Jadhav was born on 26 March 1985 in Pune into a middle-class family which originally hails from Jadhavwadi in Madha, Solapur district He is the youngest of four children; his three elder sisters excelled in studies becoming a PhD in English literature, an engineer and an MBA in finance, while Jadhav switched to cricket after ninth grade. His father Mahadev Jadhav was employed as a clerk with the Maharashtra State Electricity Board until his retirement in 2003.

    Shubman Gill


    Personal Information
    Sep 08, 1999 (18 years)
    Birth Place
    Firozpur, Punjab
    Batting Style
    Right Handed Bat
    Bowling Style
    Right-arm offbreak
    ICC Rankings
    Career Information
    Punjab, India U19, India U23, India A, Kolkata Knight Riders
    Shubman Gill is the latest prodigy of India's familial batting production line. He shot to fame with 418 runs at an average of 104.50 in the 2018 ICC U19 World Cup, where he served as Prithv...
    Batting Career Summary
    Career Information
    IPL debut
    vs Sunrisers Hyderabad at Eden Gardens, Apr 14, 2018
    Last IPL
    vs Chennai Super Kings at Eden Gardens, May 03, 2018
    Shubman Gill is the latest prodigy of India's familial batting production line. He shot to fame with 418 runs at an average of 104.50 in the 2018 ICC U19 World Cup, where he served as Prithvi Shaw's deputy and batted at No. 3 to play a crucial role in India's record fourth world title. Also the edition's Player of the Tournament, Gill was a favourite in the 2018 IPL auctions, and was picked by Kolkata Knight Riders for INR 1.8 crore (USD 280,000). 

    Born in Fazilka, Punjab, Gill's precocious talents found an early fan in his father, Lakhwinder Singh, who shifted base to Mohali and rented a place near the PCA Stadium so that his son could grow up with better access to cricket. And it wasn't long until Gill started grabbing headlines. He scored 351 in Punjab's Inter-District U16 tournament in 2014, racking up an opening stand of 587 with Nirmal Singh, and then went on to strike a double hundred in his U16 debut for Punjab at the 2016 Vijay Merchant Trophy. 

    Gill made his List A debut for Punjab in the 2016-17 Vijay Hazare Trophy, batting one-down, and went on to make his first-class debut in the 2017-18 Ranji Trophy against Bengal, where he batted as an opener to score his maiden half-century and stepped it up in just the next game with a maiden hundred against Services.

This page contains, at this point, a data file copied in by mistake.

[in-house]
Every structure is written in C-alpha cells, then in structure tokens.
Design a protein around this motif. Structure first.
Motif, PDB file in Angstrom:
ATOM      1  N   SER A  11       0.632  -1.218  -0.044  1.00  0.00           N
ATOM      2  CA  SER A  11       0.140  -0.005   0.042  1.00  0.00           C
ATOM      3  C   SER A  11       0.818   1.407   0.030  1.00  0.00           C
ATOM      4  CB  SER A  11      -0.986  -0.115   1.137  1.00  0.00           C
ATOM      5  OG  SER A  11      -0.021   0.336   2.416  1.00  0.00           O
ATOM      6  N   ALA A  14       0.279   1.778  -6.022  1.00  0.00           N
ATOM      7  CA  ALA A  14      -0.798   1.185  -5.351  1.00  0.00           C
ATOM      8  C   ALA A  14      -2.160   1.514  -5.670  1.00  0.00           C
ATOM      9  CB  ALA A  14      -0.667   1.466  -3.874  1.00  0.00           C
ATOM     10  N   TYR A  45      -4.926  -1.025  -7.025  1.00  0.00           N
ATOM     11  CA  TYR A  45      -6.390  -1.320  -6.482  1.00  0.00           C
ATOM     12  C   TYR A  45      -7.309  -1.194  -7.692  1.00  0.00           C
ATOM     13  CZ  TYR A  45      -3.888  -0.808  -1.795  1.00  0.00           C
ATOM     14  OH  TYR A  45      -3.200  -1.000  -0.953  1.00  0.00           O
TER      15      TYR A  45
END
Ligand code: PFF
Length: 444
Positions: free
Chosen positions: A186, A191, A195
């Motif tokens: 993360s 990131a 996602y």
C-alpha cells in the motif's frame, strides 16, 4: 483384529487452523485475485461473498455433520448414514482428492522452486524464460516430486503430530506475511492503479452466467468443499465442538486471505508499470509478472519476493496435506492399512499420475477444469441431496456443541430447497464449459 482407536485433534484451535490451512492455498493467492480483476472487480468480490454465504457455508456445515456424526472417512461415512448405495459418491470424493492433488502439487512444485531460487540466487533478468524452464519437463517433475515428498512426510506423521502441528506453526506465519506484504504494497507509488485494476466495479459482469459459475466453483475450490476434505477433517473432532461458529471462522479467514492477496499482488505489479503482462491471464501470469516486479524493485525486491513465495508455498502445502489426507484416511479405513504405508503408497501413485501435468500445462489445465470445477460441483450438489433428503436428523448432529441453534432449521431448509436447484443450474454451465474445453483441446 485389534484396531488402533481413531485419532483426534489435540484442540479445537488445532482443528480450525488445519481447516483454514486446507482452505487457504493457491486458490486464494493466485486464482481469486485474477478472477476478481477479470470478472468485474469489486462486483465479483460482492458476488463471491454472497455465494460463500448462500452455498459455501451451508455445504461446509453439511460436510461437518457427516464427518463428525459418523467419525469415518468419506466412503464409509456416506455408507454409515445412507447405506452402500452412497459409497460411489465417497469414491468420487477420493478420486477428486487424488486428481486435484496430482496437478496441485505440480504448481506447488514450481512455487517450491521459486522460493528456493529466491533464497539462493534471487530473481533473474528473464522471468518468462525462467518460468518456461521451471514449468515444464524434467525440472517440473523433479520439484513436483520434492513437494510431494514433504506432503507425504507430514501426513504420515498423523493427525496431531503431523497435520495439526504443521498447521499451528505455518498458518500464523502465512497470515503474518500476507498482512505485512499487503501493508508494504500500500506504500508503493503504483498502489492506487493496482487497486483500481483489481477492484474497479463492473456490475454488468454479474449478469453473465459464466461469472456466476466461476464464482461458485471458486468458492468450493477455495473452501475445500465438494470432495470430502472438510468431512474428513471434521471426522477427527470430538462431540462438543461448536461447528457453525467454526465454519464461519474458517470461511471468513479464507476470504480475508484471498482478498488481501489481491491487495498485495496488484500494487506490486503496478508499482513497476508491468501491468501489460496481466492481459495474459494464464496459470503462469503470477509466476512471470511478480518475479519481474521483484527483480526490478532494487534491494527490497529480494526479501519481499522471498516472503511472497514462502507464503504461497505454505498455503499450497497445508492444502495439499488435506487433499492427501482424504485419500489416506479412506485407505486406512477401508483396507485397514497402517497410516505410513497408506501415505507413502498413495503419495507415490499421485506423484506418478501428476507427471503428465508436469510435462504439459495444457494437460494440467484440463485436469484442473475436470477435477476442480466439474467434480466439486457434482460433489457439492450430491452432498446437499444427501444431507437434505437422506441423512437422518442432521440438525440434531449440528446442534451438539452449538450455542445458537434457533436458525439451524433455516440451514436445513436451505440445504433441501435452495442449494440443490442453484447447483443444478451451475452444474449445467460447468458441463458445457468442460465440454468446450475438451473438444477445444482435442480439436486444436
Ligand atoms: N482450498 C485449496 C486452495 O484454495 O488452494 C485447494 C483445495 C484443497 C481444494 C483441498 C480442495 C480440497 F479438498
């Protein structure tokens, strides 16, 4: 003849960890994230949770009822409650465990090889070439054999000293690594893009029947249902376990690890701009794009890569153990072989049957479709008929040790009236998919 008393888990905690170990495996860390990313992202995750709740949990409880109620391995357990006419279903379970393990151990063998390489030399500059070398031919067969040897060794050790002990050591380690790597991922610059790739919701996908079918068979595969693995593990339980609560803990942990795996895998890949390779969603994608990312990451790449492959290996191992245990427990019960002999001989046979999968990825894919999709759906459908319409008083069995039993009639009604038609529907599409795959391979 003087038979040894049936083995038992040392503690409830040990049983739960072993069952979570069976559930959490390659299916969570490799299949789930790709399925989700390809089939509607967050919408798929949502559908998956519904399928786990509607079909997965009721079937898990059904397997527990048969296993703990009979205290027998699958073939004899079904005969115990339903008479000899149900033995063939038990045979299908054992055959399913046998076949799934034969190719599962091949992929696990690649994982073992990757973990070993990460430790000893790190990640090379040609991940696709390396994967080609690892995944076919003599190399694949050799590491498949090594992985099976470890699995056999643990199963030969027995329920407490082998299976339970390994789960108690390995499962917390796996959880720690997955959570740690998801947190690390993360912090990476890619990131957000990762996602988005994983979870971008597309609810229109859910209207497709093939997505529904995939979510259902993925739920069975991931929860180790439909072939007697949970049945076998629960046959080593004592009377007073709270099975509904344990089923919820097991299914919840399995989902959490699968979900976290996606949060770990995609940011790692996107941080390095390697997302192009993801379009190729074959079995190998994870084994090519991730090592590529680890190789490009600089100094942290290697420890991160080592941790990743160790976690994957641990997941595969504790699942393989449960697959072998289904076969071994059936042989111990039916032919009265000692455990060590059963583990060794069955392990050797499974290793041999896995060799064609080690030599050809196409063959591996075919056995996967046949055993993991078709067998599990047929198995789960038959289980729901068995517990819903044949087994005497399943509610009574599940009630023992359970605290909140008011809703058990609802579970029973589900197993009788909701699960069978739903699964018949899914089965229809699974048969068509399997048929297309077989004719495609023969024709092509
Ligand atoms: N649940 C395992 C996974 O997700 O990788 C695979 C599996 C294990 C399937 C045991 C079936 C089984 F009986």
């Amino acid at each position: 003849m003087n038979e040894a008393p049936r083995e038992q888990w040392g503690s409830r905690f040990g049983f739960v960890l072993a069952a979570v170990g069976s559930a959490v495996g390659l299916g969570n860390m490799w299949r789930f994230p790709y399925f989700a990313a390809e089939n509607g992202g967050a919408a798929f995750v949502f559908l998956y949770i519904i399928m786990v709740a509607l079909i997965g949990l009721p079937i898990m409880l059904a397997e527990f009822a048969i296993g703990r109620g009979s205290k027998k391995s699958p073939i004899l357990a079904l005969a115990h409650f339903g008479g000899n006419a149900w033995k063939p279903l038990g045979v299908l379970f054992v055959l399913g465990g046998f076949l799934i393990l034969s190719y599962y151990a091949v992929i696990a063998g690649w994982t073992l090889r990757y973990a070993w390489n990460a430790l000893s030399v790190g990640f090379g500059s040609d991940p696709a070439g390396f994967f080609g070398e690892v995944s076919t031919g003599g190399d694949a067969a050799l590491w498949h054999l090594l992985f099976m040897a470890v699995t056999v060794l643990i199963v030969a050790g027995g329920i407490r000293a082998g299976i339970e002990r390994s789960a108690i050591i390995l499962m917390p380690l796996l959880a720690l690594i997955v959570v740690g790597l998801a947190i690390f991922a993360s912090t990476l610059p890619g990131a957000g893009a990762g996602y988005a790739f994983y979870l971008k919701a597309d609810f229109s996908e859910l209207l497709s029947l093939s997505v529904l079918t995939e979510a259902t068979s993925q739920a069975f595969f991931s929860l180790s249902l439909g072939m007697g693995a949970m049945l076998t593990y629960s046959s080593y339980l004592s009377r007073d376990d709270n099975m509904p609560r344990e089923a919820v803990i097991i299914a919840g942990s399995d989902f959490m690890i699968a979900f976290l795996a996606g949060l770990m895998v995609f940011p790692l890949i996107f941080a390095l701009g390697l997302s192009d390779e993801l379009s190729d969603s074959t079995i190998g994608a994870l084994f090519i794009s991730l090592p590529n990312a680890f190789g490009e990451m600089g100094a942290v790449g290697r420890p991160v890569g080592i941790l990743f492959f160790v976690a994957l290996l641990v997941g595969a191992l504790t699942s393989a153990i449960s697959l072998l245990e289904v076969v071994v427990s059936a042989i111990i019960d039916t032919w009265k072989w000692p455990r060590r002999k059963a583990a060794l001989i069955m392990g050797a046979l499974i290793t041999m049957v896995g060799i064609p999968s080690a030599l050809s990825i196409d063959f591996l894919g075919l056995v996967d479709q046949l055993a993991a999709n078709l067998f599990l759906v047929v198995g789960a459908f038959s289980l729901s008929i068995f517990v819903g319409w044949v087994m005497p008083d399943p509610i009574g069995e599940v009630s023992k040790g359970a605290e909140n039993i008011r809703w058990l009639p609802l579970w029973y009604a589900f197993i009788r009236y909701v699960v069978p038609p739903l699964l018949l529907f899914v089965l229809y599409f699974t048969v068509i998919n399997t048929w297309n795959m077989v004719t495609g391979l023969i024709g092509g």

Gill won the BCCI award for the Best Junior Cricketer for consecutive years in 2013-14 and 2014-15, knocking hard on the doors of the U19 team. When picked, Gill starred in India's handsome 3-1 win at home over England in the Youth ODIs, scoring 351 runs in 4 innings and then went on to match up to his high standards in his first tour of England soon after. India whitewashed the hosts 5-0 and Gill top-scored again with 278 runs across 4 innings. 

    Gill easily looked the best batsman among his colleagues at the World Cup, comfortably overhauling even Prithvi Shaw, the 18-year-old Mumbai batsman who had the media houses buzzing with a whooping five first-class hundreds to his name. Gill's bottom-handed technique, made fashionably successful by Virat Kohli among many others, allowed him to play in a similar mould. He scored runs briskly, mixing quick singles and doubles with powerful hits across the ground, and stood out as much for his batting acumen as he did for his fielding prowess. 

    Once back from the World Cup in New Zealand, Gill soon found himself return to the unglamorous grind, representing Punjab in the Vijay Hazare Trophy. He started the tournament with modest scores of 25, 4 and 8 but soon recovered, flaying a match-winning 123 against a rampant Karnataka side. 

    Although it's still early days, Gill's heady mix of passion, hard work and genius promises to cultivate a career that should serve Indian cricket well in the times to come. Until then, it's a nervous wait time for Gill and the many observers of cricket. 
    Written by Pratyush Sinha